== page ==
Doing the “Death Clean”

Barbican, Going Postal
Serpentinite from the Precambrian of Wyoming, USA. (public display, Colorado School of Mines Geology Museum, Golden, Colorado, USA)
James St. JohnLicence CC BY 2.0

The “Death Clean” was coined by a Swedish woman who, sensibly, decided that, as death is a reality for us all, began it with her own house.
I’m doing it with mine.
The only certainties in life are “Death and Taxes” and since I started my working life, I’ve paid a lot of tax not least because I became a tobacco addict in my teenage years and had many good smoking years until the evil weed finally caught up with me and COPD was diagnosed.
I suppose I was in that very long African river, Denial, before I did something about it and quit the evil weed but it was much too late.
I could no longer take the dawgs out for our lovely long walks. It was just short out and backs.
Thankfully, I’ve admitted to my friends and neighbours what is actually going on and they are rallying around like true British bricks.
One is coming to help me with the housework which I can only do in fits and stops because I, literally, run out of breath but I do try.
I ordered a skip, which was delivered this afternoon by a most efficient local company, and another neighbour, a wonderful fit chap has done all of the heavy lifting of all of the stuff I simply couldn’t have managed on my own.
He and his family were here after Christmas, their house is a long work in progress…5 years to date…and I’d done another “Death Clean” thing by giving them all a little something and, in particular, for two of his three lovely children, little objects made of Serpentine.
When we chatted today he admitted that he knew nothing about this wondrous plutonic plug. All of these beautiful elements bubbling up “Down the Lizard” creating a substance which doesn’t absorb any rays from outer space hence they built Goonhilly there.

Barbican, Going Postal
Goonhilly Downs Looking south towards Croft Pascoe woods. The dark lumps are not grouse butts but anti glider defences dug during WW2 to defend the military tracking stations on the Down from enemey raids. The heathland on Goonhilly Downs is part of the Lizard National Nature Reserve, a complex site that extends to some 1600 ha. The reserve is a complex of numerous isolated sites and has two main habitat types: coastal grasslands & heaths and inland heaths. The Lizard is noted for its rich flora with 18 rare plant species growing in the area. There is a diverse range of heathland and coastal habitats and the heathland supports a diverse collection of heathers including the rare Cornish heath, a type unique to the area and seen in the foreground of this photo.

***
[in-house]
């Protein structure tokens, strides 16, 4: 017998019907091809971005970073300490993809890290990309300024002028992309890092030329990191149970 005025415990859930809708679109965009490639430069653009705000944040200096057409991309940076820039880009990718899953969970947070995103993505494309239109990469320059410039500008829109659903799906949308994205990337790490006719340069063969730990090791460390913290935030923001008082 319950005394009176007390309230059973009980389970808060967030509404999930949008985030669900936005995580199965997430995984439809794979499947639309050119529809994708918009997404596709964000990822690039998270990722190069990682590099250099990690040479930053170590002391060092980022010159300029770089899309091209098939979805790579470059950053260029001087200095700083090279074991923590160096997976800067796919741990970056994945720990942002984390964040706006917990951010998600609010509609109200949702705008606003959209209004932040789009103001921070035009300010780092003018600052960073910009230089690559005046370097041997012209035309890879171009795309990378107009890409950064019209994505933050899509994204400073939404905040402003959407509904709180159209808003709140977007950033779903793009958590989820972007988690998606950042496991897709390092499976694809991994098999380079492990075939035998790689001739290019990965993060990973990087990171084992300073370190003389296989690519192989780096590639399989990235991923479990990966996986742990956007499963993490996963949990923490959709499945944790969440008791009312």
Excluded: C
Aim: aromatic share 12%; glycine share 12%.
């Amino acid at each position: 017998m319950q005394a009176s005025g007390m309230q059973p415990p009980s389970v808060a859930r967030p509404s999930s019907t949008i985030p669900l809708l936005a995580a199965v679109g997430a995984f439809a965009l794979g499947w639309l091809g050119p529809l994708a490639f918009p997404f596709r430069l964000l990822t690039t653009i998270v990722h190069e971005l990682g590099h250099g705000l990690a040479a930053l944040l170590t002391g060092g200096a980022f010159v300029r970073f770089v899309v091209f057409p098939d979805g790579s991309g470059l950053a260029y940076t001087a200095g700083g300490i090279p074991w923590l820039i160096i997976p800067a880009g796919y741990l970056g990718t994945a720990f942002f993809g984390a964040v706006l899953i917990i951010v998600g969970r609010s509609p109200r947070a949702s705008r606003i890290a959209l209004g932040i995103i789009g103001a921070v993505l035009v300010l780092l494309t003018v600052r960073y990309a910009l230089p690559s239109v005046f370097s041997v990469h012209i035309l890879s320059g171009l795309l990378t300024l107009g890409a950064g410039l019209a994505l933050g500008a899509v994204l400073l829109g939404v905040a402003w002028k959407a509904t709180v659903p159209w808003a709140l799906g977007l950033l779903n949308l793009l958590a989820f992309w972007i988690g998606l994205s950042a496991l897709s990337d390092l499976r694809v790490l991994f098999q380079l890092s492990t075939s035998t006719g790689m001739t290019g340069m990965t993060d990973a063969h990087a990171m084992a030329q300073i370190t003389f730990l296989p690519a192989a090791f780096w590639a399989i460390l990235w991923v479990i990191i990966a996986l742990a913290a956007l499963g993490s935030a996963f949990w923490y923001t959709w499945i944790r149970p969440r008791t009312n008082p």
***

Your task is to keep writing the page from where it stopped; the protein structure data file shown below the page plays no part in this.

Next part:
Simon Huguet / Goonhilly Downs

His kids absolutely love their gifts and have been researching Serpentine like mad. On that score, I’m delighted, inspiring these sweet kids to want to learn is an added bonus as far as I’m concerned.
Then the great chap who reads one of the meters turned up. He saw the skip and asked if I was having work done. I told him what is going on and he admitted to me that he was close to a breakdown when his daughter got really ill and had contemplated suicide if she’d died. She is better now but parental love is all powerful.
Golly gosh, what a day this has been and all of this took place after I’d driven Elderly Aunt to the dental surgery to have a broken tooth repaired.
On the way, she was bemoaning the fact that she’s so old, all of her siblings gone, “Why am I the one left alive?” I said, “You could always take up smoking” and she giggled.

© Barbican 2020

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